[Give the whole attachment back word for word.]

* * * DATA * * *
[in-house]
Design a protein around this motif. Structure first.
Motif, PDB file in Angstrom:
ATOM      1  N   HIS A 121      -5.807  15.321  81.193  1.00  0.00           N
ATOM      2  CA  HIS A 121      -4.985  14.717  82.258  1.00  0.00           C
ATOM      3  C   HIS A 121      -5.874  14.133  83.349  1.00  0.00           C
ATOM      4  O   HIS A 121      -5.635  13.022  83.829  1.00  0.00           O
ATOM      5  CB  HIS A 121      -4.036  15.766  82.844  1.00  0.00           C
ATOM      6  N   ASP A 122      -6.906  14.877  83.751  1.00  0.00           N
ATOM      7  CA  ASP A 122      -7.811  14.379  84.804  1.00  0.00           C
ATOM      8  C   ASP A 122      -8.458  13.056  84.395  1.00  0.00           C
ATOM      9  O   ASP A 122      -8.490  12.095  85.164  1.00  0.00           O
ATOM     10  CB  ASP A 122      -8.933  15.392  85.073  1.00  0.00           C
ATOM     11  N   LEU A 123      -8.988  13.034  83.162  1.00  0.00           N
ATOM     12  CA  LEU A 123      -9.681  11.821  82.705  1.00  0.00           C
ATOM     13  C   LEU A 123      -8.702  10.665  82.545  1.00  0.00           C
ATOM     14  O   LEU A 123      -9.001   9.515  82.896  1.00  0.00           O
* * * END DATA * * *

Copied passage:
[in-house]
Design a protein around this motif. Structure first.
Motif, PDB file in Angstrom:
ATOM      1  N   HIS A 121      -5.807  15.321  81.193  1.00  0.00           N
ATOM      2  CA  HIS A 121      -4.985  14.717  82.258  1.00  0.00           C
ATOM      3  C   HIS A 121      -5.874  14.133  83.349  1.00  0.00           C
ATOM      4  O   HIS A 121      -5.635  13.022  83.829  1.00  0.00           O
ATOM      5  CB  HIS A 121      -4.036  15.766  82.844  1.00  0.00           C
ATOM      6  N   ASP A 122      -6.906  14.877  83.751  1.00  0.00           N
ATOM      7  CA  ASP A 122      -7.811  14.379  84.804  1.00  0.00           C
ATOM      8  C   ASP A 122      -8.458  13.056  84.395  1.00  0.00           C
ATOM      9  O   ASP A 122      -8.490  12.095  85.164  1.00  0.00           O
ATOM     10  CB  ASP A 122      -8.933  15.392  85.073  1.00  0.00           C
ATOM     11  N   LEU A 123      -8.988  13.034  83.162  1.00  0.00           N
ATOM     12  CA  LEU A 123      -9.681  11.821  82.705  1.00  0.00           C
ATOM     13  C   LEU A 123      -8.702  10.665  82.545  1.00  0.00           C
ATOM     14  O   LEU A 123      -9.001   9.515  82.896  1.00  0.00           O